ConAgra Continues Transformation With Another Split


Annie Gasparro

Nov 18, 2015

ConAgra Foods Inc. said it plans to shed part of itself for the second time this year, extending Chief Executive Sean Connolly’s transformation of the company by spinning off a line of frozen-potato products with nearly $3 billion in annual sales.


The split of Lamb Weston will rid ConAgra of most of its existing business selling foods to restaurants and other commercial customers, leaving it to focus on its dozens of grocery-store brands, which include Peter Pan peanut butter, PAM cooking spray, Hebrew National hot dogs and Gulden’s mustard.


Mr. Connolly said the move will enable both the remaining business, to be called Conagra Brands, and Lamb Weston both to better focus and generate stronger growth. “Clearly, as a company, we’ve had a lot of different things going on and competing for management’s attention,” he said on a conference call. “By creating two pure-play companies, we are best positioning each to compete.”


Investors cheered the move, which wasn’t expected, sending shares up 4% to $40.93 on Wednesday.


In just over seven months, Mr. Connolly has reshaped ConAgra, which traces its roots to the 1860s, from an unwieldy food conglomerate with more than $15 billion in annual revenue last year to one that, with the newly announced spinoff, would have had just $9 billion but is more focused and more profitable.


Earlier this month, ConAgra agreed to sell its struggling private-label business—which makes foods for supermarkets’ in-house brands—to Treehouse Foods Inc. for $2.7 billion—less than three years after ConAgra acquired it. In October, it disclosed a plan to cut $300 million in annual costs that included 1,500 layoffs, and said it would move its headquarters to downtown Chicago from Omaha, Neb.


Mr. Connolly has also brought in a new senior executive to streamline the company’s supply chain.


ConAgra’s consumer-foods business, which will form the bulk of the new brands company, had operating-profit margins of 14.6% in its last fiscal year, compared with 12.7% for the commercial-foods business, which was mainly Lamb Weston.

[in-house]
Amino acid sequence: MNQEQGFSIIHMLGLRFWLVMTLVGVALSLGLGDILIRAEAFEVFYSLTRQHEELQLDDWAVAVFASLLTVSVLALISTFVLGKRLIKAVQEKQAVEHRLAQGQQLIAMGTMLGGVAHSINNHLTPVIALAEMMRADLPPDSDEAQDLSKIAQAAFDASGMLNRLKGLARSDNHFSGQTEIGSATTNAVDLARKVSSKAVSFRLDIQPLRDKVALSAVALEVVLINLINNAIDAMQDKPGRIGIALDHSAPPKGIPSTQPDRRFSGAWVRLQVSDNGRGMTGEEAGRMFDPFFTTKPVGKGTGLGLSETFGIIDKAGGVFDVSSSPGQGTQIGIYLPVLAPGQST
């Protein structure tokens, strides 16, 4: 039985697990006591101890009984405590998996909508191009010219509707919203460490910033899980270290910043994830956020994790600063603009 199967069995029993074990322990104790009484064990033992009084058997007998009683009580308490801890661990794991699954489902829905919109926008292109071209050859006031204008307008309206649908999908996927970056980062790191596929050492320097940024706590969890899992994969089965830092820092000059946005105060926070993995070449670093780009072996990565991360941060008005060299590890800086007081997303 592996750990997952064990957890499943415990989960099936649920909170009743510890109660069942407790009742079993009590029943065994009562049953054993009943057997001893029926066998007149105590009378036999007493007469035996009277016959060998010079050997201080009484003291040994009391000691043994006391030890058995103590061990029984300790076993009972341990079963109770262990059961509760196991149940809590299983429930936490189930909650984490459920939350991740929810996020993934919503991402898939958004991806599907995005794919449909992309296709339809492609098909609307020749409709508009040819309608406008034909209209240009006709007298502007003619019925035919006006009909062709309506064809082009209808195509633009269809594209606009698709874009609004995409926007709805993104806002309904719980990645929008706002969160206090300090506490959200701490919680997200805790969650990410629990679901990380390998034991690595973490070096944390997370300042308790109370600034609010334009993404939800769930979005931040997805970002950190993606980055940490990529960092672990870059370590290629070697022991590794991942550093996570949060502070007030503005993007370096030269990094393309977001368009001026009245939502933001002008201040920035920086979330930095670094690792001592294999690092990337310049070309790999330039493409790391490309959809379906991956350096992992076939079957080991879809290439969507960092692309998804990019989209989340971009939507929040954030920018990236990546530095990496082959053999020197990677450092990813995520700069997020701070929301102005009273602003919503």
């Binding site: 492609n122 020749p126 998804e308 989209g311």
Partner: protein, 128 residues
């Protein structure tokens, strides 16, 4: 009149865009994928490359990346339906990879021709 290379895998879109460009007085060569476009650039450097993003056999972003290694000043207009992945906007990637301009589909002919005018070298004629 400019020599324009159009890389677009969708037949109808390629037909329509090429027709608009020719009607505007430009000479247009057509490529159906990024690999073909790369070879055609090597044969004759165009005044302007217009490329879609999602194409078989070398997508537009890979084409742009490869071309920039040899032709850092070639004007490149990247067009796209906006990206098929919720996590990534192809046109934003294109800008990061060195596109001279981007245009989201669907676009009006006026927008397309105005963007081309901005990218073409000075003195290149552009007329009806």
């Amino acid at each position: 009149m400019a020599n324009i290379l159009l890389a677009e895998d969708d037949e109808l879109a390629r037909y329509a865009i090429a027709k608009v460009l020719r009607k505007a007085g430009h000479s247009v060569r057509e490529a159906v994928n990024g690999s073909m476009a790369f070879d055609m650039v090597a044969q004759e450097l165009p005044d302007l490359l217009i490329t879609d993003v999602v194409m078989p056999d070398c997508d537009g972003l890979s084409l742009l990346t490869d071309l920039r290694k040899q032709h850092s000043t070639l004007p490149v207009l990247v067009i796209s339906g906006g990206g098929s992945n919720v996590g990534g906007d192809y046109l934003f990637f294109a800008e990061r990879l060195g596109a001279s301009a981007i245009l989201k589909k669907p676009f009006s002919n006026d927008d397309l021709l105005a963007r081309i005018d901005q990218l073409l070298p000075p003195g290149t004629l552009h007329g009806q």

ConAgra expects to complete the spinoff of Lamb Weston, which will be based in the Pacific Northwest, by late 2016, after which shareholders of ConAgra will own stock in both new companies.


Some analysts suggested Lamb Weston could be acquired soon after spinning off from ConAgra, providing additional upside for shareholders.


There is a downside to the split—losing the shared back-end resources and other synergies of a combined business. Mr. Connolly said in an interview that they will have to fill some holes after the spinoff, but that the expected improvement in profit margins for both will offset those costs.


Meanwhile, the leaner Conagra Brands will be able to pursue more acquisitions, and to better address the changing eating habits of Americans by making brands like Hunt’s tomato sauce and Reddi-wip dessert topping more relevant, Mr. Connolly said.


Some analysts suggested Pinnacle Foods Inc. would fit with ConAgra’s consumer brands since they both make frozen foods. Mr. Connolly tried to acquire Pinnacle last year when he was CEO of Hillshire Brands Co., before Hillshire was sold to Tyson Foods Inc.


“The creation of a stand-alone consumer brand business would seem to leave that business free to pursue a wide number of M&A options,” like Pinnacle Foods, said RBC Capital Markets analyst David Palmer.


But Don Bilson, an analyst at financial-services firm Gordon Haskett, said ConAgra’s “plate couldn’t be more jammed at the moment, and as a result, we don’t see it making another big move for some time.”


Mr. Connolly declined to discuss specific possible acquisitions. He said in the interview that the new Conagra Brands will focus on “clean label, natural, and organic foods, as well as premium and gourmet. That’s where we’ve got some real opportunities.” He’ll also work on refreshing older brands like Healthy Choice frozen meals.


Conagra Brands still plans to move into its new office space in Chicago and to “feel more like a startup than it does like a legacy CPG food corporation,” the CEO said.


The industry overall is tougher now, Mr. Connolly said. “We have good competitors who are also on the move, and our job is to outpace them,” he said. “We’re on a mission here to build an agile, performance-oriented culture with improved capabilities where employees are highly energized.”